Monday, April 21, 2008

Poetry in the Classroom - Colorful Poetry

I have been focused on the teaching of patterns and classification in the last week, and find myself coming back to the trait of color over and over again. Color often plays an important part (if not integral) in the way we describe and define things in the world around us. In the case of poetry, color often helps set a mood. However, in this set of books, the poems are all about color.

Hailstones and Halibut Bones, written by Mary O'Neill and illustrated by John Wallner, is a collection of 13 poems, each about a different color. First published in 1961, it was updated in 1989 with gorgeous new illustrations. All the poems in this volume are titled What is __? (Fill in the blank with a color.) Here is an excerpt from one of the poems.
What is Red?
Red is a sunset
Blazy and bright.
Red is feeling brave
With all your might.
Red is a sunburn
Spot on your nose,
Sometimes red
Is a red, red rose.
Red squiggles out
When you cut your hand.
Red is a brick and
A rubber band.
The poems in this book are all filled with a keen sense of observation. In some cases, reading them makes you say, "Oh yes, that IS red!" (or green, blue or some other color). Nearly 50 years old, these poems have stood the test of time.

Color Me a Rhyme: Nature Poems for Young People, written by Jane Yolen with photographs by Jason Stemple, is a collection of 13 poems about 11 colors. Each double-page spread contains a poem (two if the form is haiku) about one color, and is accompanied by one or more color photographs. Synonyms for the color are scattered around each page. The page for purple contains this poem.
I have no rhyme for purple.
But each purple flower in the forest
is a poem.
Synonyms on this page include amethyst, lavender, plum and violet. The final poem, Crayons: A Rainbow Poem, describes the enormous variety of colors in the natural world and in the skin color of the people who inhabit it.

Flashy, Clashy, and Oh-So Splashy: Poems About Color, by Laura Purdie Salas, is a collection of 15 color-themed poems. Each one is accompanied by a gorgeous photograph. The colors are vibrant, with poems adding to the exuberance. One poem begins this way.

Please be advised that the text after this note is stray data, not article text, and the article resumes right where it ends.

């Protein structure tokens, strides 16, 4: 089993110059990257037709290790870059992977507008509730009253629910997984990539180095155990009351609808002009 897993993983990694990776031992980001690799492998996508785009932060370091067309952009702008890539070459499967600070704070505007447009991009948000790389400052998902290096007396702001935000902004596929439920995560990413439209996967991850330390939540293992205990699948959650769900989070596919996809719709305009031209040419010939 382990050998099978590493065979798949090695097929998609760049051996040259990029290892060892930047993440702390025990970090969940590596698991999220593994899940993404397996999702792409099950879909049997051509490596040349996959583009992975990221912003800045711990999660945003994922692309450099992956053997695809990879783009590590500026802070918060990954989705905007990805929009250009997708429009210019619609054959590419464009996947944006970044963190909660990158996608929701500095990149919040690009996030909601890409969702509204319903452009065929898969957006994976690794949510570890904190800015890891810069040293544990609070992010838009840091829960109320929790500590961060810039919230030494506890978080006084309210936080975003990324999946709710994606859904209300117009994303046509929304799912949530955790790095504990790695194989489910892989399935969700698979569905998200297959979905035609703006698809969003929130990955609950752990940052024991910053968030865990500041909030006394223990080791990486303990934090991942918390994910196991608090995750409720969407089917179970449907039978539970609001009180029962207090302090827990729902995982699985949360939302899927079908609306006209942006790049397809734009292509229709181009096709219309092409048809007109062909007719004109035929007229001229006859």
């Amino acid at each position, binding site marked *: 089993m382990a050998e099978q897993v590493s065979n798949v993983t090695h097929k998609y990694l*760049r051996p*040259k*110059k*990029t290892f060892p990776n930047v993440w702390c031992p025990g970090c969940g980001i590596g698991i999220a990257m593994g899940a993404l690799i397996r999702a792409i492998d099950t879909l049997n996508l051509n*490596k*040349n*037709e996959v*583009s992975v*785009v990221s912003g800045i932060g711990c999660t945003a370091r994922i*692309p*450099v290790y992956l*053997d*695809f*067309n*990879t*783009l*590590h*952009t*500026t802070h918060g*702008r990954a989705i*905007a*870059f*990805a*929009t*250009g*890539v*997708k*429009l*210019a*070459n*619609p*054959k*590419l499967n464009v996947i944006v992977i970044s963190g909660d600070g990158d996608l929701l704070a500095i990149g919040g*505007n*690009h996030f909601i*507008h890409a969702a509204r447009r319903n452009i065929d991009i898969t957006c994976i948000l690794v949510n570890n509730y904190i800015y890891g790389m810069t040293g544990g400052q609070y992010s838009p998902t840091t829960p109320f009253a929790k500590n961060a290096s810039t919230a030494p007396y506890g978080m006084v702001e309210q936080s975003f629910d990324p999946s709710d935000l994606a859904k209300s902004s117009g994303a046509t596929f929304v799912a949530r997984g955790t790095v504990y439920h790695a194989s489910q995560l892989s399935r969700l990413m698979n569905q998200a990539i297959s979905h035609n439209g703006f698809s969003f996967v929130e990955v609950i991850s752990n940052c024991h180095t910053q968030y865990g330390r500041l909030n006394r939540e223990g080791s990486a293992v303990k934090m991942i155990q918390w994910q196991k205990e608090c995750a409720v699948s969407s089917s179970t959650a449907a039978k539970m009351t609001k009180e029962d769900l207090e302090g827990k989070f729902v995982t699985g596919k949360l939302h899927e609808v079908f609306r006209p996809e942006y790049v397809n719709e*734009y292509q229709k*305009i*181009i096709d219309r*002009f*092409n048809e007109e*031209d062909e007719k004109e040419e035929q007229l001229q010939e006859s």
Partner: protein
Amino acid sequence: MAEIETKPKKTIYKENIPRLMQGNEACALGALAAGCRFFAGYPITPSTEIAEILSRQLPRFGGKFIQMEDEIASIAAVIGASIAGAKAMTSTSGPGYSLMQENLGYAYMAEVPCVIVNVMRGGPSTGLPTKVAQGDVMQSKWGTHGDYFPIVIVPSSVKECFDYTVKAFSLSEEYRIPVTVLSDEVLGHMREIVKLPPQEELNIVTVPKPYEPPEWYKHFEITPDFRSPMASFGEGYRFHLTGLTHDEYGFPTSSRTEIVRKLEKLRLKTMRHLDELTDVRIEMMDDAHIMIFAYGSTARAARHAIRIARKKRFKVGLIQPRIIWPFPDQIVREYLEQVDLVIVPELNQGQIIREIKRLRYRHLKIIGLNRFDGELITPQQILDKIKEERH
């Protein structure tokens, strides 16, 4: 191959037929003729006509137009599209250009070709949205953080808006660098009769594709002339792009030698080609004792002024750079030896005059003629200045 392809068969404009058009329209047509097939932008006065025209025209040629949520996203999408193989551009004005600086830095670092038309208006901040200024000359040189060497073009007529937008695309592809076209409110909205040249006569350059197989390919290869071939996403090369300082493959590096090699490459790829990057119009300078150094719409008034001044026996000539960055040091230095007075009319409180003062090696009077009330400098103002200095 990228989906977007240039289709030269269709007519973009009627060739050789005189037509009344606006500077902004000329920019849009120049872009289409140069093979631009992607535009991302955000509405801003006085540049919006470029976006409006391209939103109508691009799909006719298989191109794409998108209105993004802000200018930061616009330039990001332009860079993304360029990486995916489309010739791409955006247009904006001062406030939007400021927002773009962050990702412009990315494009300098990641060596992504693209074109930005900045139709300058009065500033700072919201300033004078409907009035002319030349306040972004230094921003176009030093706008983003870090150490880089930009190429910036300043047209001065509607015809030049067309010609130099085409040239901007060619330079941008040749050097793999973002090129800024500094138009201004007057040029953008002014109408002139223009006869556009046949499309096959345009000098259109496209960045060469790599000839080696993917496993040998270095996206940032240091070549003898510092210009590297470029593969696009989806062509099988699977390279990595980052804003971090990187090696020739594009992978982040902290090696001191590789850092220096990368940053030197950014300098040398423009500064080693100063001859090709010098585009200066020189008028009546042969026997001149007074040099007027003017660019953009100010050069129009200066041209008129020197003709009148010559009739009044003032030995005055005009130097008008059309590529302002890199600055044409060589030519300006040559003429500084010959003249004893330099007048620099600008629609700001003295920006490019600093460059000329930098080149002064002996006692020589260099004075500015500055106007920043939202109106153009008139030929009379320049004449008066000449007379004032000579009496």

I'm flashy
and clashy
and beautifully
and everyone notices me!
Can you guess what color this poem was written for?
One of my favorite poems is accompanied by a close-up photo of a cow. Here is an excerpt.
Cow Colors
coat with
spots of

eyes in
slow deep

and blacks,
you think
I won't spoil the ending, but it's just lovely and totally fits with the image.

This book not only includes poems, but also an informational section on the language of poetry that includes definitions of poetic forms and devices. These descriptions are connected to examples in the book. After this you will find a glossary of words from the poems that early readers may not know, and a list of related books and Internet sites.

I recommend matching any of these books with Steve Jenkins' book Living Color, which looks at animals (66 of them!) in color groups and explores the role that color plays in the life of that animal. For example, in looking at red animals red could mean:
  • I’m all grown up (some animals change color upon reaching adulthood).
  • You can’t see us (great description of light).
  • It must have been something I ate (imagine turning pink from eating so much red food!).
The book ends with an afterword explaining more about coloration. This is followed by a pictorial appendix that includes approximate sizes for each of the book's creatures.

If you are interested in exploring more about the topic of color, check out some of these resources.

1 comment:

  1. Thanks for mentioning my Color poems books. What a bright thing on a grey day here in Glasgow! \having a blast in Scotland so far. :>)